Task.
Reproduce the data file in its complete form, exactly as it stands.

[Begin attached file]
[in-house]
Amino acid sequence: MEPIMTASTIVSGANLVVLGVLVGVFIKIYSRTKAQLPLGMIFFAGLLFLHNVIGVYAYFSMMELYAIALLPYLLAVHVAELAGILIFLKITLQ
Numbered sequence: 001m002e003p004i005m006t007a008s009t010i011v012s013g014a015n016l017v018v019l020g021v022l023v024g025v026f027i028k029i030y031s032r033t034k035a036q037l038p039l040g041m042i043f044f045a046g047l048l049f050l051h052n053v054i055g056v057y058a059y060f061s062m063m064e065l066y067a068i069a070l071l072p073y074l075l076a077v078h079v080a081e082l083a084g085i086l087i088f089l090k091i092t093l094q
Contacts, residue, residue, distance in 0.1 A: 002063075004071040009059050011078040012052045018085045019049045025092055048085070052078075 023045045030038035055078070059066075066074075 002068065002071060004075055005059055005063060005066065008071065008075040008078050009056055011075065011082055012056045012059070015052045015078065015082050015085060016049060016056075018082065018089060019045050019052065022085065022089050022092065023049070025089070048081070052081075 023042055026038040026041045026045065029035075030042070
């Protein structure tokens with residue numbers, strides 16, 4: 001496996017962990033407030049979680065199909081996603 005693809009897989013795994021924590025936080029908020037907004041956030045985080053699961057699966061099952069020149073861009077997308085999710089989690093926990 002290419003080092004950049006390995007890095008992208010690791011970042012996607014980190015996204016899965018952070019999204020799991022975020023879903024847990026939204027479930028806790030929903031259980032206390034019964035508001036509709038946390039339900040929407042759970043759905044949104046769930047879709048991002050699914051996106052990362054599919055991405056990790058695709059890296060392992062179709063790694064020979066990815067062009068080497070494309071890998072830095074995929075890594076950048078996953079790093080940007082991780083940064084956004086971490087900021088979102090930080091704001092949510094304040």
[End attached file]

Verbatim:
[in-house]
Amino acid sequence: MEPIMTASTIVSGANLVVLGVLVGVFIKIYSRTKAQLPLGMIFFAGLLFLHNVIGVYAYFSMMELYAIALLPYLLAVHVAELAGILIFLKITLQ
Numbered sequence: 001m002e003p004i005m006t007a008s009t010i011v012s013g014a015n016l017v018v019l020g021v022l023v024g025v026f027i028k029i030y031s032r033t034k035a036q037l038p039l040g041m042i043f044f045a046g047l048l049f050l051h052n053v054i055g056v057y058a059y060f061s062m063m064e065l066y067a068i069a070l071l072p073y074l075l076a077v078h079v080a081e082l083a084g085i086l087i088f089l090k091i092t093l094q
Contacts, residue, residue, distance in 0.1 A: 002063075004071040009059050011078040012052045018085045019049045025092055048085070052078075 023045045030038035055078070059066075066074075 002068065002071060004075055005059055005063060005066065008071065008075040008078050009056055011075065011082055012056045012059070015052045015078065015082050015085060016049060016056075018082065018089060019045050019052065022085065022089050022092065023049070025089070048081070052081075 023042055026038040026041045026045065029035075030042070
């Protein structure tokens with residue numbers, strides 16, 4: 001496996017962990033407030049979680065199909081996603 005693809009897989013795994021924590025936080029908020037907004041956030045985080053699961057699966061099952069020149073861009077997308085999710089989690093926990 002290419003080092004950049006390995007890095008992208010690791011970042012996607014980190015996204016899965018952070019999204020799991022975020023879903024847990026939204027479930028806790030929903031259980032206390034019964035508001036509709038946390039339900040929407042759970043759905044949104046769930047879709048991002050699914051996106052990362054599919055991405056990790058695709059890296060392992062179709063790694064020979066990815067062009068080497070494309071890998072830095074995929075890594076950048078996953079790093080940007082991780083940064084956004086971490087900021088979102090930080091704001092949510094304040």